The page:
C&S: Mayor Bill de Blasio recently suggested running a subway line south along Utica Ave. in Brooklyn, but he has suggested no funding plans. What do you think of the mayor’s suggestion?

TP: Well in terms of Utica Ave., that is something that has literally been on the books as an identified transit corridor quarter going back to the late 1920s. The IND (Independent Subway System) anticipated or contemplated building that line. So it is not new, per se. If you take a look at lines on a map and you think about evenness of spacing, that is an area where if you put a line in, you cut down some distance between the other two lines that would run parallel to it.

But in terms of need right now, the No. 1 most heavily traveled line in the country is Lexington Ave. (the 4,5,6 line on Manhattan’s East Side) and the work we’re doing on opening the Second Avenue Subway for Dec. 31 of 2016, from 96th St. south to 63rd St. And then if we do a next phase, that would be 96th St. down to 125th St.—that will take off a lot of the overcrowding on the Lexington Ave. line. So that is the biggest priority, along with extending the 7 line west and East Side Access.

C&S: A lot of elected officials have begun to show support for the Move NY plan, which would place tolls on East River bridges while lowering the cost of driving across bridges elsewhere around the city. How might the plan affect MTA operations?

TP: It’s one of the alternatives that is being considered. There are a number of issues that need to be vetted with it, in terms of does it really generate the revenue that people say it will? Will the behavior patterns of drivers follow what they say the model predicts in terms of people going to other bridges? And what the net impact is in terms of lost revenue and positive revenue. How much money is it going to take to not only inspect and maintain those bridges, but what are the long-term capital improvement needs for those bridges, because if you have to do maintenance work on a bridge every 20 years, you’ve got to be putting away money on an annual basis to be able to accommodate for those needs. And those are all critical questions that are being reviewed right now.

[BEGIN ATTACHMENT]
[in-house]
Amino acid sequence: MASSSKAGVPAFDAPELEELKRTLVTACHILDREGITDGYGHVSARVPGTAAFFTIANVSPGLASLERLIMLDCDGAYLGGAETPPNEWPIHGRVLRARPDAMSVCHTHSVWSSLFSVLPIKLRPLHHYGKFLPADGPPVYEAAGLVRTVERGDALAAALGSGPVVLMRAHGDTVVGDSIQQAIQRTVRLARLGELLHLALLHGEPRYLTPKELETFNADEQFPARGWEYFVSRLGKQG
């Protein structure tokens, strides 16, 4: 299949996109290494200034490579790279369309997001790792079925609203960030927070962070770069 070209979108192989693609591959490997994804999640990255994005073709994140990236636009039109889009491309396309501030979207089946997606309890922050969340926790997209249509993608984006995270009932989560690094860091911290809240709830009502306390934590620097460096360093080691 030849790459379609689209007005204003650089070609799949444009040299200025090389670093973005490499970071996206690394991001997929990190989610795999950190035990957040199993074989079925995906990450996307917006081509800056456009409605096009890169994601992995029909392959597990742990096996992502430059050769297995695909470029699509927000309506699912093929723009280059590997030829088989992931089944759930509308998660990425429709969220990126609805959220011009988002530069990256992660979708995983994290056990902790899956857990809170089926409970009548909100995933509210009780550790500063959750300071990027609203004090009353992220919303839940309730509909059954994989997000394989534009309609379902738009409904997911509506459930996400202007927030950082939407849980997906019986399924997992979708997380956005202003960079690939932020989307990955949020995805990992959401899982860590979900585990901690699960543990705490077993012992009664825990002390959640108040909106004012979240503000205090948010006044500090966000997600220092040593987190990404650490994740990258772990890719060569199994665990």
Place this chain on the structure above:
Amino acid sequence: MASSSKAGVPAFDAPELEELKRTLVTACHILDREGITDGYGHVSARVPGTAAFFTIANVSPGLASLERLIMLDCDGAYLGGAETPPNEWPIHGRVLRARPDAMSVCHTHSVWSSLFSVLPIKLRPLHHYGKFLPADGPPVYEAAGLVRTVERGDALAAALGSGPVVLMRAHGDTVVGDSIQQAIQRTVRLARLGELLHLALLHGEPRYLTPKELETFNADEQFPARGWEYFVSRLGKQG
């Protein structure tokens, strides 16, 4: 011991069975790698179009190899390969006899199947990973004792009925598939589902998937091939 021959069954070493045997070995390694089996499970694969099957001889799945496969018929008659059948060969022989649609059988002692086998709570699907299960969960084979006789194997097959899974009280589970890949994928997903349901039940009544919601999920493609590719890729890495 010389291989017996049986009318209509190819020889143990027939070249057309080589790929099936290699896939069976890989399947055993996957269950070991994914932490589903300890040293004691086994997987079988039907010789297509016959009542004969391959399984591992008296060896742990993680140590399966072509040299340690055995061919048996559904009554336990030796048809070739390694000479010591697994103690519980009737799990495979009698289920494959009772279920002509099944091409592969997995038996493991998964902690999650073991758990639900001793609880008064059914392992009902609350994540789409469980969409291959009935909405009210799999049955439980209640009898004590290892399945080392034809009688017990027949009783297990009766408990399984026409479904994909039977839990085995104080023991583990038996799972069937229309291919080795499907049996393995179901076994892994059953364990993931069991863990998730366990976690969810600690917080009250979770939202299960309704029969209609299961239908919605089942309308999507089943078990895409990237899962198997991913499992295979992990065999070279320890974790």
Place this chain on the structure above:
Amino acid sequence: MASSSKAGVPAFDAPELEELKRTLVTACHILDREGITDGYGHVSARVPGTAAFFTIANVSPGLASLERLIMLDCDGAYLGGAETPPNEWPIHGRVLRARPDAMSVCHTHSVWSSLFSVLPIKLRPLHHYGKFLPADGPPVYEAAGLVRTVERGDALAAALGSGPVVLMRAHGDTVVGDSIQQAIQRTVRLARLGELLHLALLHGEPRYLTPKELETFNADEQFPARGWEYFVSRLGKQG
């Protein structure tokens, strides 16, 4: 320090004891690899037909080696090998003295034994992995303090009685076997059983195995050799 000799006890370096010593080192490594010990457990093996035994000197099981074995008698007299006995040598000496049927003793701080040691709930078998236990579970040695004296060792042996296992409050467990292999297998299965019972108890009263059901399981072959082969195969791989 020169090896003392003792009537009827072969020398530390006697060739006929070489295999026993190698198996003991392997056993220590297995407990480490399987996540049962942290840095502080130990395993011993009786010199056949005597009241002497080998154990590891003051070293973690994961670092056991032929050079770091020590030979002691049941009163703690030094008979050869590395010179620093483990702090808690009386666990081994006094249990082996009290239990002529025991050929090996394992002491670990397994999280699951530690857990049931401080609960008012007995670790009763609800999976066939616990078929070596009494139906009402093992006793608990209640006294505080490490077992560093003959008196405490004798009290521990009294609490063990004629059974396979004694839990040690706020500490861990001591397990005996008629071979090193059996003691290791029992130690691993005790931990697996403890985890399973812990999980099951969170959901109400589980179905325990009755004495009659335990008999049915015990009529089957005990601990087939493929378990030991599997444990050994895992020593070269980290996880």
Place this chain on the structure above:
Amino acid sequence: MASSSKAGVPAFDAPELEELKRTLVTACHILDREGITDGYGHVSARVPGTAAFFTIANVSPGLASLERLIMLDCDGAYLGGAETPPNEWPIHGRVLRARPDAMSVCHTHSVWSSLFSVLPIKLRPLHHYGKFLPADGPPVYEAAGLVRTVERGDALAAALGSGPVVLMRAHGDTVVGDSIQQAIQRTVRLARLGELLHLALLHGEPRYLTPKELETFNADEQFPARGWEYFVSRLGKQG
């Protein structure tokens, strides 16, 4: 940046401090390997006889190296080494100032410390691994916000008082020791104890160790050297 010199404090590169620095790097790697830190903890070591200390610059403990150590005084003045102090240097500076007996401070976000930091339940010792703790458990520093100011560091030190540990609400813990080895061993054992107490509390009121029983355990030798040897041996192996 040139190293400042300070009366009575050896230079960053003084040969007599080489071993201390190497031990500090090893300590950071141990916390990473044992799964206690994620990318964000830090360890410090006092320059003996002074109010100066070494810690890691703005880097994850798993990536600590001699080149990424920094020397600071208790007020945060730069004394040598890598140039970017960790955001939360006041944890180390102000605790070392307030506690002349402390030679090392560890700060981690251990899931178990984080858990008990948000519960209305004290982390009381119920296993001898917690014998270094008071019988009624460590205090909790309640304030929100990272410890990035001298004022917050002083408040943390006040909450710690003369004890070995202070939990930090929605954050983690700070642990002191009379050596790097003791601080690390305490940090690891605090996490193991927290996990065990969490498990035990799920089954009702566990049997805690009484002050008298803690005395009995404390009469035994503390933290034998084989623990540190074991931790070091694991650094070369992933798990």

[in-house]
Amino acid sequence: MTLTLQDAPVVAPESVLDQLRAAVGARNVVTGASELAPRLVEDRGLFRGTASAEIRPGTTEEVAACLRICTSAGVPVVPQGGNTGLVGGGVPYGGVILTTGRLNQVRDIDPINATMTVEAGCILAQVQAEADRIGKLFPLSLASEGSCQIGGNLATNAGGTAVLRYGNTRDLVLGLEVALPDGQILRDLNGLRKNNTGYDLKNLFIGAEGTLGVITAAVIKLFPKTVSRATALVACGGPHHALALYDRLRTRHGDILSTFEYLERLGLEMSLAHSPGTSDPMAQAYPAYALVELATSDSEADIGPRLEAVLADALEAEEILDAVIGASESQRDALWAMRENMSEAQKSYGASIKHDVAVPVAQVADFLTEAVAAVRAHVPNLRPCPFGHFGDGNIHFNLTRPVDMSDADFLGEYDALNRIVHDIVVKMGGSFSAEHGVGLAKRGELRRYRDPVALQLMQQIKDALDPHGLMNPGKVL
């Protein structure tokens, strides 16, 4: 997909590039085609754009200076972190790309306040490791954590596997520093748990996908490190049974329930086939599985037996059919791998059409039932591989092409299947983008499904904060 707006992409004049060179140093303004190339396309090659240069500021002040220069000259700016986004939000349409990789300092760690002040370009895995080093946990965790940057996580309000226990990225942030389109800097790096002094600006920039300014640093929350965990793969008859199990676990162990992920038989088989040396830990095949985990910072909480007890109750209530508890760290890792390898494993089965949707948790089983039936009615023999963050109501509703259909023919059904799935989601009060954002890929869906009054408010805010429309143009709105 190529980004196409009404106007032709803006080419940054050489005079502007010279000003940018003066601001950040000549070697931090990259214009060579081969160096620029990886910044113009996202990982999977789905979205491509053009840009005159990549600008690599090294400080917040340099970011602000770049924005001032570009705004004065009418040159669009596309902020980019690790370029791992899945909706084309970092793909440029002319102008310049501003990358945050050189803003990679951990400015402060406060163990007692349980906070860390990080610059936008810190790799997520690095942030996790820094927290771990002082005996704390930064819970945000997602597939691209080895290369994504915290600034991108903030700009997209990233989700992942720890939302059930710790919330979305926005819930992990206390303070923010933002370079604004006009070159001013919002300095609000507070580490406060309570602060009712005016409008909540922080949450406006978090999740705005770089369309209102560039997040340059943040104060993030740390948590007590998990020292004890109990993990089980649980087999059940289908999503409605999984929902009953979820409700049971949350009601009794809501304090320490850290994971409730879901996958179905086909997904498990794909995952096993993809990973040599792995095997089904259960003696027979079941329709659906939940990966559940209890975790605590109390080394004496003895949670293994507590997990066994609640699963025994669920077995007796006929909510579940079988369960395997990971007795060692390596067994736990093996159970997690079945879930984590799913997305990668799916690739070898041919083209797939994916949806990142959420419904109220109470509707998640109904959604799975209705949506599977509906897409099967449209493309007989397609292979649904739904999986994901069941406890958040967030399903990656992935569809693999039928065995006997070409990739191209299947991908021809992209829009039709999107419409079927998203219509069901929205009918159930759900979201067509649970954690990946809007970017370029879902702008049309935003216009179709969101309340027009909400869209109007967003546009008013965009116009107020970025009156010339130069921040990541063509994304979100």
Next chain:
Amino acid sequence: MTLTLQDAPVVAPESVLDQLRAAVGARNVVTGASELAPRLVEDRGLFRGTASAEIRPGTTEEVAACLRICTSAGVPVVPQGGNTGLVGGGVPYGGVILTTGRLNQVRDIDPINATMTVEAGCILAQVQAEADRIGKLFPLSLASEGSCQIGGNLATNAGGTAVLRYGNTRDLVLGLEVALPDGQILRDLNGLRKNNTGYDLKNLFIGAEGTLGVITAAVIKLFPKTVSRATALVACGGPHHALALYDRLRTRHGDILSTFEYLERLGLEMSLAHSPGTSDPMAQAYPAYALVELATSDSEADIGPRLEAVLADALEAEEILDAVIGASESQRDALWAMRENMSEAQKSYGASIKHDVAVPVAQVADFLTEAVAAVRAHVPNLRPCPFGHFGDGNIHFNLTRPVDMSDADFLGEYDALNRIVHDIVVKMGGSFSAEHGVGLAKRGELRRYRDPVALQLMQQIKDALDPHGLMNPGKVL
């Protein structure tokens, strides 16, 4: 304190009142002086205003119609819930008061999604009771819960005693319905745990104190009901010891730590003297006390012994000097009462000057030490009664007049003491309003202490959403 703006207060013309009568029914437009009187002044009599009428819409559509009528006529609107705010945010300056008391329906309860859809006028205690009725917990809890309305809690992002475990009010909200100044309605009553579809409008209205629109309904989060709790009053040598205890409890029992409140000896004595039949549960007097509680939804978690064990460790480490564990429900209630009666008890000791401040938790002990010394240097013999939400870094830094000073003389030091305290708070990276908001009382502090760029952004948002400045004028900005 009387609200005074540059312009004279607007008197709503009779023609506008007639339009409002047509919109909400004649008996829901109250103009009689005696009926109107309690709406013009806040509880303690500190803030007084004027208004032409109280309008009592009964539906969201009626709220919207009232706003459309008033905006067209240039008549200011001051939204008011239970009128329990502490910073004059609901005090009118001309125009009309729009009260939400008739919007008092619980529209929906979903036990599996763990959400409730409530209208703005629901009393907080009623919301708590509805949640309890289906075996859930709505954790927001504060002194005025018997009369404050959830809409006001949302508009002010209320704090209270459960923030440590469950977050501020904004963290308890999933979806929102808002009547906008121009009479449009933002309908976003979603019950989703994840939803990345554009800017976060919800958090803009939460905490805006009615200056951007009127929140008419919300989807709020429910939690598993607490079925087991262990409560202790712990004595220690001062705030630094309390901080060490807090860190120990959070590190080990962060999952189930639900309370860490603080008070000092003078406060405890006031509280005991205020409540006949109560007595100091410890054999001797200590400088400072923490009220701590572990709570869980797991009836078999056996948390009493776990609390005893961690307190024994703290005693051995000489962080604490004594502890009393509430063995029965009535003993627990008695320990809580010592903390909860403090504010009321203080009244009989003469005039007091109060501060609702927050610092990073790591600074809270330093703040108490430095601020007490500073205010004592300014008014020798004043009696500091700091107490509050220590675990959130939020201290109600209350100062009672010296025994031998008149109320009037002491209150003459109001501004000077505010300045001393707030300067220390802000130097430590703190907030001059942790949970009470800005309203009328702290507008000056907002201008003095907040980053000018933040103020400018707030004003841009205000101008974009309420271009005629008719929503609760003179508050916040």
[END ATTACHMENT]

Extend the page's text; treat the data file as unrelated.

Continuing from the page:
C&S: Do you see any movement on that in the near future?

TP: I think as we get into this discussion of how we fill this funding gap, and what the revenue sources are, it will be one of the items that will be discussed and reviewed.

C&S: What ever happened with the governor’s transportation reinvention commission? There were some big names and some hype around it last year.

TP: Well the primary purpose of the reinvention commission that the governor charged us with was the ability to make sure that as we look forward into the future, we deal with two things, one of which was—you know, people can argue about whether or not global warming is occurring—but what you can’t argue about is the increased frequency and intensity of weather events affecting the system. So as we’re making expenditures on the capital program side, are we increasing the resiliency, the hardness of the system, to those storm events? That was one. The second issue is, are we aiming for what the demographics of our service area and its users will be 20 years from now? Because if we’re aiming for something the way service is being provided now and the way behaviors are now, we may miss the mark. And we’re starting to see that. Right now millennials graduating from school are waiting longer before they buy a car and so they are more public transit-dependent. They are living in and around more public transportation. They’re waiting longer before they get married. We’re already starting to see differences in a growing portion of our ridership. So it’s a combination of resiliency and demographic change, and that has influenced in some ways the prioritization and identification of projects in the capital plan.

C&S: When must the current capital plan’s funding issues be resolved by? 

TP: For every capital program we never have it resolved by the first day of the program, which would have been January 1 of 2015. They normally take six to nine months to get resolved. So it’s ripe for a discussion now. We need to make some decisions with respect to the size of the program and how we fund it. The last time we basically had enough funding for two years and then we had to come back for additional funding. So it may follow that pattern. I don’t think we’re tracking early or late, I think we’re tracking in general sense right on schedule. But we need to make some critical decisions in the next few months.